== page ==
MAORI BROADCASTING: QUESTIONS AND ANSWERS
Q. Why is the Government funding Maori television?
A. The Maori language is in a perilous state. The Crown has a pressing Treaty and legal obligation to develop and implement a policy on Maori television services. The Crown has given assurances to the Courts, up to the Privy Council, that it will set out a timetable for developing a policy and publishing a plan for "the development of special purpose Maori television and for the extension of Maori language programming on commercial television."
Q. How is the Government's Maori television policy different from Aotearoa Television Network?
A. In a number of ways. First, funding for Maori language programming through television has been approved for three years, when its effectiveness will be reviewed. ATN was a short-term pilot programme.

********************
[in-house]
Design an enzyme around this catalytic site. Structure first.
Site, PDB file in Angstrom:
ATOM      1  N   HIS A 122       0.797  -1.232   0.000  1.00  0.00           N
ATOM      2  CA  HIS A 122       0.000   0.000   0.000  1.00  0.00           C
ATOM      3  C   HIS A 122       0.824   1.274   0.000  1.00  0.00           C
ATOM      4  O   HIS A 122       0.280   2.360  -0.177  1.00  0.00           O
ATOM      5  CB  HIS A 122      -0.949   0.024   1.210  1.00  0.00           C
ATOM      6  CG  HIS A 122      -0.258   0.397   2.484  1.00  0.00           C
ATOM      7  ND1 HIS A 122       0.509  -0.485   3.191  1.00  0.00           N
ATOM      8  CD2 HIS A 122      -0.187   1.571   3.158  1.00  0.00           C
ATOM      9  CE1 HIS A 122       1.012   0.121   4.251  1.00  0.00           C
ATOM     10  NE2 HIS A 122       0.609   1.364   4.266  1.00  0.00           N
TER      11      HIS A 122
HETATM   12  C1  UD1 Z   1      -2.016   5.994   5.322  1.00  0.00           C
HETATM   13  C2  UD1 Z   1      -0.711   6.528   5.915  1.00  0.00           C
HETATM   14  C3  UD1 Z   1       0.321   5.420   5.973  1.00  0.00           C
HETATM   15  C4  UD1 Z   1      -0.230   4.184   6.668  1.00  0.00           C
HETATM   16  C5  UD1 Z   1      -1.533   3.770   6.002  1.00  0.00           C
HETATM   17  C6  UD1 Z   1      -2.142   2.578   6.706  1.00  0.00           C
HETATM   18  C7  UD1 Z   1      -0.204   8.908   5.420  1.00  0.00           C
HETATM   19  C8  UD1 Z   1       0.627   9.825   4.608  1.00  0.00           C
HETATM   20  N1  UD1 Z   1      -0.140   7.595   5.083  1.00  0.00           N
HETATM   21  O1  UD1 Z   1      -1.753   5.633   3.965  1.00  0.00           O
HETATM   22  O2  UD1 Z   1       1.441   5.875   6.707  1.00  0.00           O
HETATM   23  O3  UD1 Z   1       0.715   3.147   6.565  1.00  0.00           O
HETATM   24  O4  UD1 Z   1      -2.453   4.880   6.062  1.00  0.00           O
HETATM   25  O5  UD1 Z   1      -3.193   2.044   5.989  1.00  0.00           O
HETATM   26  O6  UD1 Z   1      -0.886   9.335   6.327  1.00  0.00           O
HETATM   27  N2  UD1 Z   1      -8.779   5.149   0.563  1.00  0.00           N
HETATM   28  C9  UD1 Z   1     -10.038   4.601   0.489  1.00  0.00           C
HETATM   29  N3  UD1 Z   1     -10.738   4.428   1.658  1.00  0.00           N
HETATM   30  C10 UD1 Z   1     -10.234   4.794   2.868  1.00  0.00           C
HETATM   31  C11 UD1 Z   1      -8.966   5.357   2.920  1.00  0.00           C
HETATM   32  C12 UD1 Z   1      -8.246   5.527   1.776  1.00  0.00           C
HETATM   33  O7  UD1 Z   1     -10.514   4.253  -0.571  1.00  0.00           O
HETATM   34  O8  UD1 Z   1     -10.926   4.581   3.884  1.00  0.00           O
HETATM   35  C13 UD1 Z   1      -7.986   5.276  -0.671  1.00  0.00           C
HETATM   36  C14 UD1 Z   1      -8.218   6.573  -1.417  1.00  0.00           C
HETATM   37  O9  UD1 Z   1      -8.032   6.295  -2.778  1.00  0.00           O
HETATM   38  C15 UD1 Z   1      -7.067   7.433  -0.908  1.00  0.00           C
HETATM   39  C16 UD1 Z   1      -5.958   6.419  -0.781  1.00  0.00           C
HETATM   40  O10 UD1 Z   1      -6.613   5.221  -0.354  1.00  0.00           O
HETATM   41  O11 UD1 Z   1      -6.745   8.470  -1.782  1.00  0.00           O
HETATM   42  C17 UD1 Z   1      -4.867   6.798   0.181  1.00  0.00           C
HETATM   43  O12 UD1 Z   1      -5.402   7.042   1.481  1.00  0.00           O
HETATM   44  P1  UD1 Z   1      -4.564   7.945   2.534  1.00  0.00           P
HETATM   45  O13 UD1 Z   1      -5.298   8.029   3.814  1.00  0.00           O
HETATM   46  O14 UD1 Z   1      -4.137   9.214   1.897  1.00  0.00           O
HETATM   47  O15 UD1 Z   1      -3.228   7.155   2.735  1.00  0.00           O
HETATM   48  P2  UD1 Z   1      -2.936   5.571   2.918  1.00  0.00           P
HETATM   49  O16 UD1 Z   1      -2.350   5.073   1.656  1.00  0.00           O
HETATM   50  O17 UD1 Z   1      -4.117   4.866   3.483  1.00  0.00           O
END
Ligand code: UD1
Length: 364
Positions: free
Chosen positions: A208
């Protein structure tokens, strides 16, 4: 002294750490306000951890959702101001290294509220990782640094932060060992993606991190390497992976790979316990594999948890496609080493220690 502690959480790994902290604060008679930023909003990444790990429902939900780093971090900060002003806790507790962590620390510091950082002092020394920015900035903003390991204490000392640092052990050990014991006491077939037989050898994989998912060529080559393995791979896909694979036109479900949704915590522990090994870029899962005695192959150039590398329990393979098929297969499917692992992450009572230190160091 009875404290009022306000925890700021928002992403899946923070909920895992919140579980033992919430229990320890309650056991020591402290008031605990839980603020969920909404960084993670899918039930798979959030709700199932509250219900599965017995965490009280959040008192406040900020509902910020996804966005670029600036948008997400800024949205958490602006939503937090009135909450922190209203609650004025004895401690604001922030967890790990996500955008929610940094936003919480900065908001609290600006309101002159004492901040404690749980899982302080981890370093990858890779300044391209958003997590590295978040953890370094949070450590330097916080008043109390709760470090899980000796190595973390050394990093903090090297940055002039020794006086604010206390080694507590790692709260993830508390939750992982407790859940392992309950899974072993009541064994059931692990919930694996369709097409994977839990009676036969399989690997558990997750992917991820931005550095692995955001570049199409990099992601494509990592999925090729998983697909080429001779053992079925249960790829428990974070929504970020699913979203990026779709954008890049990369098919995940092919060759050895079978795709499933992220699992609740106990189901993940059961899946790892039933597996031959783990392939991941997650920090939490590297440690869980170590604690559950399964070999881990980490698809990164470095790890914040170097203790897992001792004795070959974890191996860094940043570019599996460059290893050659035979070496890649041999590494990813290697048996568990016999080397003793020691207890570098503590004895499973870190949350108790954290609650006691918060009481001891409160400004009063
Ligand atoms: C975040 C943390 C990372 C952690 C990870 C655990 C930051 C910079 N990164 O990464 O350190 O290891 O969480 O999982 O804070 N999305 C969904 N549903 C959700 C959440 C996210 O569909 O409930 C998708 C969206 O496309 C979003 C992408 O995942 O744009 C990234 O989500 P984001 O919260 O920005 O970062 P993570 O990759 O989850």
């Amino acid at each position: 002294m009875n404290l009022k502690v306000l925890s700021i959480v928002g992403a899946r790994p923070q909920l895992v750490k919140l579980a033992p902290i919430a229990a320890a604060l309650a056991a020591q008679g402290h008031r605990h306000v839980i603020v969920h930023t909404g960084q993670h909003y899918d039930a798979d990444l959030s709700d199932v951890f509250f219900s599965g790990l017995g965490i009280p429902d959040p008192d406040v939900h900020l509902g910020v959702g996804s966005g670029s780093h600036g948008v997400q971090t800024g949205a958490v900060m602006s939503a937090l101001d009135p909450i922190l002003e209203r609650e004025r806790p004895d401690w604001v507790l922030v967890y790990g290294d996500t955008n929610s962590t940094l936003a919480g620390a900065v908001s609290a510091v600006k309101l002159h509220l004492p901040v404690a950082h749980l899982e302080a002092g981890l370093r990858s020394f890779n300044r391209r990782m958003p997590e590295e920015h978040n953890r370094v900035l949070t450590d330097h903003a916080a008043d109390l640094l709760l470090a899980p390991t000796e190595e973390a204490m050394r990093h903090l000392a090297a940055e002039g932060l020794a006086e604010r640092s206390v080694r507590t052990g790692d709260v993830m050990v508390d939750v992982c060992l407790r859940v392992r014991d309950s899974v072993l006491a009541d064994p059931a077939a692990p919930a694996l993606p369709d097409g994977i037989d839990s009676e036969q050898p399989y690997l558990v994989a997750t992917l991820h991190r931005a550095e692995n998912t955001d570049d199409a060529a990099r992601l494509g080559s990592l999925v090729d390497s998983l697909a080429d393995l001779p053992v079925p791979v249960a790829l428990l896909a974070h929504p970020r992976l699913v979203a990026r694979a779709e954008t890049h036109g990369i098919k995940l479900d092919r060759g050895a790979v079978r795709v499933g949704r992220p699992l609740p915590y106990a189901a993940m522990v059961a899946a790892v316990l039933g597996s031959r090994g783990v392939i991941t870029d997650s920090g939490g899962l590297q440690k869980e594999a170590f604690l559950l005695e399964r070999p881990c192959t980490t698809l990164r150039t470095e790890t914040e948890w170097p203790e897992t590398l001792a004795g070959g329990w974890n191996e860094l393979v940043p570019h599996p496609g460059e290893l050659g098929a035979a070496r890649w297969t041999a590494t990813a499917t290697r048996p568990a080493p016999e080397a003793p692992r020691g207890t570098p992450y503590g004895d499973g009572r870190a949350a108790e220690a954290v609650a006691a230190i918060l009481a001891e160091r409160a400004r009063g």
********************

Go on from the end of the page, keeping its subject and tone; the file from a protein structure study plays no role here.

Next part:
Second, a Maori trust will be responsible for managing the assets needed to establish a nationwide Maori television channel. The trust will need to ensure that these assets are used for their primary purpose - promotion of Maori language - and that they are used in a cost effective manner.
Under ATN, there were no such governance arrangements. ATN broadcast only to the Auckland region.
Third, while Te Mangai Paho's arrangements for making funding decisions in respect of ATN were basically sound, there were some deficiencies in terms of planning and monitoring. These will be overcome in future by allowing more time in the planning stages and ensuring that Te Mangai Paho is adequately funded to manage its funding contracts.